You are already ahead of the game with two things: early in the disease process, and a doctor who doesn't even hesitate to support you in the protocol. Amazing. Most people have to turn somersaults to get their doc to even consider it.

As far as reactions to treatment, our very, very preliminary results of our first treatment survey at www.CPn Help.org suggests that people using a Combination Antibiotic Protocol (CAP) for Cpn who have MS seem to have more moderate reactions to the antibiotics and bacteriacides (compared to Chronic Catigue for example). See http://www.CPn Help.org/?q=surveyresults for a link to these results. Also, the less time you wait, the less bacterial load you are building up, and the less extensive neural involvement. It is these two things which seem to influence the reactivity to the CAP's.
On Wheldon/Stratton protocal since December '04 for non-MS Cpn: CFS/FMS
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hi mc

Postby jimmylegs » Mon Apr 10, 2006 7:21 am

hi i'm like you, got recently dx'd and found no comfort in the info on the usual drug options. not an imminent parent, but had to cancel my academic exchange to australia!! working towards getting down that way for second semester in july. (west coast tho).

anyway, like you, decided against the usual drugs for now. hesitant to go with any pharms in fact. trying the natural abx rte for the time being but down the road might consider prescription abx. good luck with your treatment!!!
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Postby McBlaue » Tue Apr 11, 2006 12:51 am

One thing I didn't put in my first post (it didn't seem relevant!) was that I'm a long term type 1 diabetic. Lucky guy heh ;-). It has never really bothered me as I was 5 when I got it, so I can't remember anything else, and I enjoy very good control so it's never really got in the way.

However....when researching in preparation for starting the protocol I discovered the insulin-blocking properties of N-acetyl cysteine which is obviously a problem for me. I have emailed Dr Wheldon directly to ask his advice.

I do feel lucky having a GP who is so open and helpful. I went to my neurologist yesterday who was a bit sceptical but to his credit quite open to the possibility too, although he urged me to start avonex in tandem. I think I'd feel way too much like a pharmaceutical adventure playground.
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Postby SarahLonglands » Tue Apr 11, 2006 3:39 am

And he will be replying sometime today. All I can say, though, is that NAC isn't a compulsory part of the treatment, although it definitely helps. I didn't even start taking it until I was only on intermittent treatment. I used to share a flat with a girl with type 1 diabetes whilst at university. You are lucky to have it well under control: she didn't.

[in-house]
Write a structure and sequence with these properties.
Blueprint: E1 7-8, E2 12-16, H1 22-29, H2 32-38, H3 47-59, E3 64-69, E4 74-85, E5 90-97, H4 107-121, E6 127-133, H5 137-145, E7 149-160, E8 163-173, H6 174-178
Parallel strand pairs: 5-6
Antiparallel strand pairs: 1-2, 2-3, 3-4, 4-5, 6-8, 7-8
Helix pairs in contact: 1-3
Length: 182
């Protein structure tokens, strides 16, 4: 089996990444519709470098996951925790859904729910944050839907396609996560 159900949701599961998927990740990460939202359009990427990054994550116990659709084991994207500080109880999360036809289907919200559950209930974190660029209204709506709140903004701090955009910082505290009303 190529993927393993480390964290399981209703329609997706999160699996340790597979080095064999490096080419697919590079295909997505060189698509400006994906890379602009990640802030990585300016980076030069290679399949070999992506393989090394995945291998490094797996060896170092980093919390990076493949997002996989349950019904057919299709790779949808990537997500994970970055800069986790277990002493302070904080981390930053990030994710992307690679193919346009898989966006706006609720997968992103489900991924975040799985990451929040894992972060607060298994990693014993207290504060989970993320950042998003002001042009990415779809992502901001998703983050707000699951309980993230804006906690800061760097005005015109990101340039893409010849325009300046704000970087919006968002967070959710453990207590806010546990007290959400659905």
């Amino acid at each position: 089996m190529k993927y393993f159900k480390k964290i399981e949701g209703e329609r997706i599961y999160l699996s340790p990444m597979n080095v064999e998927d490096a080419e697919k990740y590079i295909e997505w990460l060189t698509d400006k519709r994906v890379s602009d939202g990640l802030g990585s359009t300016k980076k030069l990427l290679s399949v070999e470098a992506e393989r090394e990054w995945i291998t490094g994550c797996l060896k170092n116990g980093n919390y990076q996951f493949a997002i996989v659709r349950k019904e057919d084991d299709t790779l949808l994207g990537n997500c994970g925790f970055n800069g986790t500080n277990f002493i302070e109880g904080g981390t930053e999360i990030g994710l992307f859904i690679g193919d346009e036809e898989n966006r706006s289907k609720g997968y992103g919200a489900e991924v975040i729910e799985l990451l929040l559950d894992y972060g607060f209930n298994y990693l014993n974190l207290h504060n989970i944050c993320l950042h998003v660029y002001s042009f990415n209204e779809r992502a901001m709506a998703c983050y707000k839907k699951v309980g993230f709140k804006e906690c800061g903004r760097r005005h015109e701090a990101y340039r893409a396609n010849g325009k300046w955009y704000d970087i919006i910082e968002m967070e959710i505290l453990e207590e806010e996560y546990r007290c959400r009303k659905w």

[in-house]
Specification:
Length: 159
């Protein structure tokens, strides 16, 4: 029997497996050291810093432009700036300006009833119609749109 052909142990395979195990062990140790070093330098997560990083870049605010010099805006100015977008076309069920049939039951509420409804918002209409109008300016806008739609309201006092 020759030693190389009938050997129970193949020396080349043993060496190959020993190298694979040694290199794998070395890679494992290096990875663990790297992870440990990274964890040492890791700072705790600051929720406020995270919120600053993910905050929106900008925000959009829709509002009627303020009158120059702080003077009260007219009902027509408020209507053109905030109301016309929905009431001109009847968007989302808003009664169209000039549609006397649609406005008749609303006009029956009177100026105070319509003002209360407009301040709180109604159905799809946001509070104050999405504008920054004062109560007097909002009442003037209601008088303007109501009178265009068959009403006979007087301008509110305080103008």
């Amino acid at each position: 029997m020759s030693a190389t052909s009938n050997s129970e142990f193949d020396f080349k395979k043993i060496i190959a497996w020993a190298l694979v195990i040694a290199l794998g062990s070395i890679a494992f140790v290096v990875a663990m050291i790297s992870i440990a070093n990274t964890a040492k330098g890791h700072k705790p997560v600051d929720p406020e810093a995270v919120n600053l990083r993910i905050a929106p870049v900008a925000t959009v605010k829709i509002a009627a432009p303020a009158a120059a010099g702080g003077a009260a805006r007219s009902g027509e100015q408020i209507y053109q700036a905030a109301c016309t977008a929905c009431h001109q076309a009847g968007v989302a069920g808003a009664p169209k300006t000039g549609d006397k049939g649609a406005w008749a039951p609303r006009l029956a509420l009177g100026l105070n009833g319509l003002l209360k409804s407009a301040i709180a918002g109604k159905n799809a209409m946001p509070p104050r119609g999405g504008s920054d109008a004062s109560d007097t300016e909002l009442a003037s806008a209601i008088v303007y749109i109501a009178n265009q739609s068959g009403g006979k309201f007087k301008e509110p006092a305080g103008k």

Sarah
An Itinerary in Light and Shadow Completed Dr Charles Stratton / Dr David Wheldon abx regime for aggressive secondary progressive MS in June 2007, after four years. Still improving with no relapses since starting. Can't run but can paint all day.
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Postby McBlaue » Tue Apr 11, 2006 4:33 am

I came across warnings when looking for a source to buy NAC which on further research may well come from the same source. As is the way with internet research also information to the contrary.

I think I will go right ahead. If NAC does in my case cause this difficulty, I will know about it pretty quickly!

When I begin I will post my regime and document results, I guess in the "regimes" forum.
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Re: Considering ABX

Postby CureOrBust » Wed Apr 12, 2006 3:26 am

McBlaue wrote:I was prescribed Avonex by my neuro but have made the decision not to go ahead with it. Lousy odds
I was prescribed rebif. And went downhill faster than ever before.

McBlaue wrote:spoken to my GP about it. His response ... "what have you got to lose?" which mirrors mine
Given the fact we are talking brain damage, I cant beleive when i hear of other responses.

McBlaue wrote:I'm about to become a father in a week or two so I guess I'm worried about the effects and whether I am doing the right thing. Will I get really sick? Should I wait? Is this the right course of treatment for me?
Good luck and congrats on being a father. I have had MS for 10years, and have suffered 0 to minimum reactions (6-7 months with 11 flagyl pulses). I took the attitude/view that if I reacted, then it was doing something, so i would be a winner. I was basically hoping for a reaction so as to confirm this treatment was working. From memory, david pushes the slow build of ABX's based on the patients reactions.

You ask for advice, mine would be, with a doctor with such a good attitude, I would approach him for a lipitor prescription, I think this stuff has done some very positive things for me (and i hear statins reduce CPn also). I can NOTICE the effects of taking lipitor with an hour or two (reduced tingling in feet).